State/Northern Territory MSOAP Advisory Forums will assist in identifying rural and remote Indigenous communities with the greatest need for health services to treat and manage complex and chronic disease. Services to be delivered as a result of the introduction of multidisciplinary teams will build on existing services and establish new services with a focus on diabetes, cardiovascular disease, chronic respiratory disease, chronic renal disease and/or cancer.

Issues to be explored during the development phase of the MSOAP-ICD measure may include (but not limited to):
  • the process for determining need and priority setting;
  • current planning processes including for the broader MSOAP;
  • models of care that could be adapted to outreach service delivery;
  • use of telehealth to support outreach service delivery;
  • strategies to recruit and retain health professionals; and
  • capacity building within local communities to assist the long term sustainability and viability of health services.
MSOAP Advisory Forums will liaise closely with their respective state/Northern Territory-based Indigenous Health Partnership Forums in relation to the development of service plans to support the implementation of the ICD measure.

Financial assistance for team members

Multidisciplinary team members will receive financial assistance to remove some of the financial disincentive of providing an outreach service. Funding will be provided towards the costs of travel, accommodation and meals, facility fees, administrative support at the outreach location, lease and transport of essential equipment, and up-skilling sessions for resident health professionals. An absence from practice allowance, which compensates for the loss of business opportunity (income) while the service provider travels to/from the outreach location may also be payable.

It is recognised that consideration will need to be given to the level and method of remuneration to be provided to the health professionals delivering outreach services. Generally, MSOAP addresses some of the financial disincentives of providing outreach services, while the payment for the services is between the health practitioner and the patient. In limited circumstances it may be appropriate to consider payments of a sessional rate for services, in lieu of patients being bulk-billed or privately charged to take account of cultural or other events that may impact on service delivery to Indigenous communities, such as no shows at planned visits. This sessional rate would negate any claim under Medicare.

For those instances in which allied health professionals cannot bill Medicare, sessional rates will need to be considered to ensure these health professionals are remunerated for services provided. These will be based on other similar Commonwealth payment rates for allied health services.
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Monitoring/Evaluation

The funding agreement with each auspicing agency will set out the reporting requirements for the MSOAP-ICD measure.

An evaluation framework will be developed to monitor the efficiency, effectiveness and appropriateness of the MSOAP-ICD measure and will inform part of the overall evaluation of the Closing the Gap package.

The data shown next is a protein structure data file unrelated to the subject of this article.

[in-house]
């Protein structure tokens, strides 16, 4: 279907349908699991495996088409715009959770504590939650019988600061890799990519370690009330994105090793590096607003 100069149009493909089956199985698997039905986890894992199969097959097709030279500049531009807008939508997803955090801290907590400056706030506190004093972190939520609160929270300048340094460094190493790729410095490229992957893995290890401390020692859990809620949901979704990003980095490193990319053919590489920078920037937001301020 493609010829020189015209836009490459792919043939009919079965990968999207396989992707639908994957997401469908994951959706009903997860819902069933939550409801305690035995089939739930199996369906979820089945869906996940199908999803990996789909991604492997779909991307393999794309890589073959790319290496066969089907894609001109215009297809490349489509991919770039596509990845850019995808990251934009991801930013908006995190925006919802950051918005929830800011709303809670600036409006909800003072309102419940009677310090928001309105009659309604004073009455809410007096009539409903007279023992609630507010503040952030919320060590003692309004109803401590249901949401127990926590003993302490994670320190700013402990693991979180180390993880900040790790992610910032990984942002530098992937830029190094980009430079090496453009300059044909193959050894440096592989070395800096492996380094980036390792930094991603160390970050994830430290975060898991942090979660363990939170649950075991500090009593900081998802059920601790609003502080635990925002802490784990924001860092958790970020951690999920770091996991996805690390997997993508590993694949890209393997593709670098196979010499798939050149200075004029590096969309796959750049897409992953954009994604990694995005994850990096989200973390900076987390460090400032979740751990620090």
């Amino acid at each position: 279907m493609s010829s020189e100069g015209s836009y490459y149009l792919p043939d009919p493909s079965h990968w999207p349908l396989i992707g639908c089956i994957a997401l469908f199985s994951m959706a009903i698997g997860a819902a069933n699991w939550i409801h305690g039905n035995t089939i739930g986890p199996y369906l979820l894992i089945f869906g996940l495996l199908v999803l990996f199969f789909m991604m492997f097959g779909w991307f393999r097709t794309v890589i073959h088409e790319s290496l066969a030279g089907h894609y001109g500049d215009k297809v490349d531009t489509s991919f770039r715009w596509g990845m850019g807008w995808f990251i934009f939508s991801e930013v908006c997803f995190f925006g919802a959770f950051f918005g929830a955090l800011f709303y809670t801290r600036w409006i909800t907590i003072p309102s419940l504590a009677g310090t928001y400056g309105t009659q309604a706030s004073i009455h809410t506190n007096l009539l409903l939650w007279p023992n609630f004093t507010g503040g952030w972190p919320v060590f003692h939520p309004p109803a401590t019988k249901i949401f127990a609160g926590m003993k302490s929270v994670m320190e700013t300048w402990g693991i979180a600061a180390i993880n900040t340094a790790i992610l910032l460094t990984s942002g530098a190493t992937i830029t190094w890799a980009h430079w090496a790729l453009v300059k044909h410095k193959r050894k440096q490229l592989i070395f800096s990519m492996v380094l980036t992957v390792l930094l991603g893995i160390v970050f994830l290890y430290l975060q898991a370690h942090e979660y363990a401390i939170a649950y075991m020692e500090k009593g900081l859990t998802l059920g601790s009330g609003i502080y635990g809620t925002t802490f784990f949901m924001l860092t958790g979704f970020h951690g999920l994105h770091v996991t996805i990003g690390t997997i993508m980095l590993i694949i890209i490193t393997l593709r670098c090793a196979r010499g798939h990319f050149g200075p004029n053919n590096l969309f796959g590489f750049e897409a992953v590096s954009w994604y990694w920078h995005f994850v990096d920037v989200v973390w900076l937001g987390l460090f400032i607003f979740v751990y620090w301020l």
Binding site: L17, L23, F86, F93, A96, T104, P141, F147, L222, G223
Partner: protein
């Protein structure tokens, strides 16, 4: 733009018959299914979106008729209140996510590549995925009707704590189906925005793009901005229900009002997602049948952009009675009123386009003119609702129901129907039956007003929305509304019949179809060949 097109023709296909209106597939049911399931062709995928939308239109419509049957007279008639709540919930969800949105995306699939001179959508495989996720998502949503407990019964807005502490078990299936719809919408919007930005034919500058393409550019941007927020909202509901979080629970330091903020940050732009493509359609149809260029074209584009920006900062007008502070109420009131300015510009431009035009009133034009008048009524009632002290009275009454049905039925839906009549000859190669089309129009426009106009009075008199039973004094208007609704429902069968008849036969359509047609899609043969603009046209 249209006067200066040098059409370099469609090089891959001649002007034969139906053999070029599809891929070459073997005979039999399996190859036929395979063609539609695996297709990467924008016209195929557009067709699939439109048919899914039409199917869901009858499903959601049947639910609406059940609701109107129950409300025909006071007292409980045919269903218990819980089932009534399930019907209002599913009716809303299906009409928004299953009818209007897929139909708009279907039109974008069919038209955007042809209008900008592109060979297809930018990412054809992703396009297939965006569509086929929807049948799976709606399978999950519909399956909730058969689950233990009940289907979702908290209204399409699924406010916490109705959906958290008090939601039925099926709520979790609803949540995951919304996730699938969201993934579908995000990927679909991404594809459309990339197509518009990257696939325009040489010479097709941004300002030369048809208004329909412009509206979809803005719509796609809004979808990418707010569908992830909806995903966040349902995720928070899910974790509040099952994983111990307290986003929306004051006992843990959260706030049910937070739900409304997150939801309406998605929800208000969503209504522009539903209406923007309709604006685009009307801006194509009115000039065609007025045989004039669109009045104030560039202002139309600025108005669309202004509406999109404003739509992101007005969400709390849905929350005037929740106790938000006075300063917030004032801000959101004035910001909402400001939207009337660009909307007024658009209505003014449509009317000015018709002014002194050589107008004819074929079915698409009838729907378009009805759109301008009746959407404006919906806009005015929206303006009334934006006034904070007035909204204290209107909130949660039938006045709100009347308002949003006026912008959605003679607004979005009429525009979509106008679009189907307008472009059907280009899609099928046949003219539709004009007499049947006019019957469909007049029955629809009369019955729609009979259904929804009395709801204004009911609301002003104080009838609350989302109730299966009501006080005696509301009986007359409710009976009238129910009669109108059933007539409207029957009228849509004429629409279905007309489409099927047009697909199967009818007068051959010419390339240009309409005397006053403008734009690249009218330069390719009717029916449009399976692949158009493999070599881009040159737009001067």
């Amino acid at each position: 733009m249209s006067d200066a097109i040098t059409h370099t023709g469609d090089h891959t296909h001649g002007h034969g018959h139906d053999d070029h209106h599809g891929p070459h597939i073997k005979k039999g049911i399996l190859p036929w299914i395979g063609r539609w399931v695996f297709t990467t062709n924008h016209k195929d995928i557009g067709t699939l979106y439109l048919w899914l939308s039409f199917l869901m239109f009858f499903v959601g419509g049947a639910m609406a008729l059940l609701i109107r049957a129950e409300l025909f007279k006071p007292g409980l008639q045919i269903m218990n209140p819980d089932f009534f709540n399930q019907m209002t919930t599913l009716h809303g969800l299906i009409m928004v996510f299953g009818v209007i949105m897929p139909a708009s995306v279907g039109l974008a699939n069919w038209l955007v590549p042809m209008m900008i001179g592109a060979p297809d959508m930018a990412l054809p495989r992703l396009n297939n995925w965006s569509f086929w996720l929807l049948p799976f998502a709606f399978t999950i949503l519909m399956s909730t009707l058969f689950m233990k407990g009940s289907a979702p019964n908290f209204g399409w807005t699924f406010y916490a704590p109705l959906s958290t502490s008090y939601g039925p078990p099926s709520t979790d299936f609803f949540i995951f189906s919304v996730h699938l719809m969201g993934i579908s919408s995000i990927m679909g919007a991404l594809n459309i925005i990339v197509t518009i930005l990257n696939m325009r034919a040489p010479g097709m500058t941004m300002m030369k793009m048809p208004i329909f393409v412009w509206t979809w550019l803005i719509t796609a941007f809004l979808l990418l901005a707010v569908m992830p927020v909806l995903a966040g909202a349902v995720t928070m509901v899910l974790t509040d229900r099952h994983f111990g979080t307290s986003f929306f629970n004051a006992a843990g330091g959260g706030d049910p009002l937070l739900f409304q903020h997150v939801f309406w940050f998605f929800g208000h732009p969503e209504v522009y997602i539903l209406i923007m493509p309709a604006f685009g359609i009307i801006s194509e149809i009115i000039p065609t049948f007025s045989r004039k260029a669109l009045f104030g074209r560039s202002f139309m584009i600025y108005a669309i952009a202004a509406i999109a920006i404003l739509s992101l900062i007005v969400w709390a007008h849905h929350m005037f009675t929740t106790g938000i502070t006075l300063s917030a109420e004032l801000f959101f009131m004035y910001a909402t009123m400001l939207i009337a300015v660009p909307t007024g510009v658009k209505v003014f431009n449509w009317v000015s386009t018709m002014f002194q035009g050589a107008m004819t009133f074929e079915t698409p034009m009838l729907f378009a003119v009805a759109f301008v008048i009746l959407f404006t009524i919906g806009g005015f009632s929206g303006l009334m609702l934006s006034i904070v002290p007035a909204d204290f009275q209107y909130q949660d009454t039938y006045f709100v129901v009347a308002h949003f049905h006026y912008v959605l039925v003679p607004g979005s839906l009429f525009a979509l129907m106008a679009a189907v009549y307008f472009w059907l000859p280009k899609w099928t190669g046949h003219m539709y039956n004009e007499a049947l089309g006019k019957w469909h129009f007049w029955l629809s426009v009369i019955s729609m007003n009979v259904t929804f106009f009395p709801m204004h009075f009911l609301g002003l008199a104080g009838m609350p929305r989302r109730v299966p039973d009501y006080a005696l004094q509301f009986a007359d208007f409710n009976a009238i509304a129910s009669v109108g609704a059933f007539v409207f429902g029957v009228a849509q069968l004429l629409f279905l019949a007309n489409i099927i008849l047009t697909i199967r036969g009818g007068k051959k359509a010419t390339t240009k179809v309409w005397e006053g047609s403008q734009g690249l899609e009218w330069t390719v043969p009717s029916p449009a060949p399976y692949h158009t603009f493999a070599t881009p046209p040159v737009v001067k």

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Summary of Rural and Remote MSOAP Services


  MSOAP MSOAP-ICD
Aim Improve access of Australians in rural and remote communities to medical specialist services. Increase the range of health services provided to rural and remote Indigenous communities for the treatment and management of chronic disease.
Main objectives Increase outreach medical specialist services to areas of identified need in rural and remote Australia. Support multidisciplinary health services to Indigenous communities of identified need in rural and remote Australia.
Auspice Administered on behalf of the Commonwealth by auspicing agencies in each State and the Northern Territory. Administered on behalf of the Commonwealth by auspicing agencies in each State and the Northern Territory.
Target Rural and remote ‘areas of identified need’. Rural and remote Indigenous communities with a high prevalence of complex and chronic disease.
Services MSOAP recognised medical specialist disciplines except enhancement plastic surgery. MSOAP recognised medical specialist, GP and appropriate allied health professionals to address identified complex and chronic disease in rural and remote Indigenous Australians (from 2009-10).
Planning/ Consultation Consultation with key stakeholder organisations including MSOAP auspicing agencies, community stakeholders, Indigenous health organisations, medical specialists and general practitioners. Consultation with key stakeholder organisations including MSOAP auspicing agencies, community stakeholders, Indigenous health organisations, medical specialist colleges, general practitioner and allied health professional organisations, as well as the state/Northern Territory-based Indigenous Health Partnership Forums.
Funding MSOAP - $77.3m
(2008-09 – 20011-12).
MSOAP-ICD - $54.7m
(2009-10 – 2012-13).
Monitoring Reporting and funds management specified in funding agreement with each auspice agency Reporting and funds management specified in funding agreement with each auspice agency.